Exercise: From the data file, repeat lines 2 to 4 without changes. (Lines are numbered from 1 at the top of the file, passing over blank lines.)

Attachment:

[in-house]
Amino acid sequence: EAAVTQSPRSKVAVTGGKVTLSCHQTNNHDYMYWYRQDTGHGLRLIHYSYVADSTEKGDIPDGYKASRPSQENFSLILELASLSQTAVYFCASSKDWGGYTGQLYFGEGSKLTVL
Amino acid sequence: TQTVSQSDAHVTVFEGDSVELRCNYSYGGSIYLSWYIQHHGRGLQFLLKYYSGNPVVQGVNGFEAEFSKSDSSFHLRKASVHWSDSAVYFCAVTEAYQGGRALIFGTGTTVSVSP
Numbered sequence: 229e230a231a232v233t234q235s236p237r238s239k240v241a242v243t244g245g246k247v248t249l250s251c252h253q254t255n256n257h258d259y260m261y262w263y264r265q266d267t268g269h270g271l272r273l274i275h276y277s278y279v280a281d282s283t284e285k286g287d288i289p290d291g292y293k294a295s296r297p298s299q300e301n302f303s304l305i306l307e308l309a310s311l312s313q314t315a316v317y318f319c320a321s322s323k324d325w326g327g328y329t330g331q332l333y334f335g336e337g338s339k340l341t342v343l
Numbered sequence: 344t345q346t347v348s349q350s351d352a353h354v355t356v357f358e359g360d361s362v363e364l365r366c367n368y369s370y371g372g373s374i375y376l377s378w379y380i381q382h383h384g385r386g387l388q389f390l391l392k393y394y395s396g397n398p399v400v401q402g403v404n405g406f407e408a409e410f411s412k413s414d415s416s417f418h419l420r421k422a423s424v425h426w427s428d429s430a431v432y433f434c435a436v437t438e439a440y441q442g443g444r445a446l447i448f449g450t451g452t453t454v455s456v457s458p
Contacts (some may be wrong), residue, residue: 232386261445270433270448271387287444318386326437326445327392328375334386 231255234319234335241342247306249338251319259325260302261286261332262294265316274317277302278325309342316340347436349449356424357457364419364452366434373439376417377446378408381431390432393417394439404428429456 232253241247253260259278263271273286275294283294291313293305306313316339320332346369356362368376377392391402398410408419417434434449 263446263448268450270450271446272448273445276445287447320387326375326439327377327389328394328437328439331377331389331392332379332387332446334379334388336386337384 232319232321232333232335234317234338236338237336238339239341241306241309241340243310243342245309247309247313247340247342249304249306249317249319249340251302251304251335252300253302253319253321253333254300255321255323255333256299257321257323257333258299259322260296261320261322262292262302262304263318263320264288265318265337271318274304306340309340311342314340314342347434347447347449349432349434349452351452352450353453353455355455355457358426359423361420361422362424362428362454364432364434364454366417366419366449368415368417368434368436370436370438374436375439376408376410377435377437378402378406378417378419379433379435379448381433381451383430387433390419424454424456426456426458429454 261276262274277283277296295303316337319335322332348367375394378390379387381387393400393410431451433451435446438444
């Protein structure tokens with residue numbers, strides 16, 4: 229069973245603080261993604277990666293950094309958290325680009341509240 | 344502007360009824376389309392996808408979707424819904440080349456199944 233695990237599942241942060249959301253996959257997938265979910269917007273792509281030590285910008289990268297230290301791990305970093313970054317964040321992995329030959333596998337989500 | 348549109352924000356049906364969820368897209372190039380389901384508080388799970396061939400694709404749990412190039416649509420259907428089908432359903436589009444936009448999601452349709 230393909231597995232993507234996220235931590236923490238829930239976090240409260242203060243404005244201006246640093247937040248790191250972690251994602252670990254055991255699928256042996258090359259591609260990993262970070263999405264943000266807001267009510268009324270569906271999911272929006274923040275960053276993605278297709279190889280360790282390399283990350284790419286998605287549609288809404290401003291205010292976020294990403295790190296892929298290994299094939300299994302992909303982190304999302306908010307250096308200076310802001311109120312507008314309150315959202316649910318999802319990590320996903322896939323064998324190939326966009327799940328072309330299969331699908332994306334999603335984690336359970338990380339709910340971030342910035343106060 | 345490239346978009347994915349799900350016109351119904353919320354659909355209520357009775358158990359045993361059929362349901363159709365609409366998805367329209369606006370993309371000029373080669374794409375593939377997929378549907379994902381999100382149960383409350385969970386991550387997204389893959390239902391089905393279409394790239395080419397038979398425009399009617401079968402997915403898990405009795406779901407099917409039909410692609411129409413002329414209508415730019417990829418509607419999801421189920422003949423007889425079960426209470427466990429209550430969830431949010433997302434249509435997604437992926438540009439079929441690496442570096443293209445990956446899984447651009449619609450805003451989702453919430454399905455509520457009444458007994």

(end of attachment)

Amino acid sequence: EAAVTQSPRSKVAVTGGKVTLSCHQTNNHDYMYWYRQDTGHGLRLIHYSYVADSTEKGDIPDGYKASRPSQENFSLILELASLSQTAVYFCASSKDWGGYTGQLYFGEGSKLTVL
Amino acid sequence: TQTVSQSDAHVTVFEGDSVELRCNYSYGGSIYLSWYIQHHGRGLQFLLKYYSGNPVVQGVNGFEAEFSKSDSSFHLRKASVHWSDSAVYFCAVTEAYQGGRALIFGTGTTVSVSP
Numbered sequence: 229e230a231a232v233t234q235s236p237r238s239k240v241a242v243t244g245g246k247v248t249l250s251c252h253q254t255n256n257h258d259y260m261y262w263y264r265q266d267t268g269h270g271l272r273l274i275h276y277s278y279v280a281d282s283t284e285k286g287d288i289p290d291g292y293k294a295s296r297p298s299q300e301n302f303s304l305i306l307e308l309a310s311l312s313q314t315a316v317y318f319c320a321s322s323k324d325w326g327g328y329t330g331q332l333y334f335g336e337g338s339k340l341t342v343l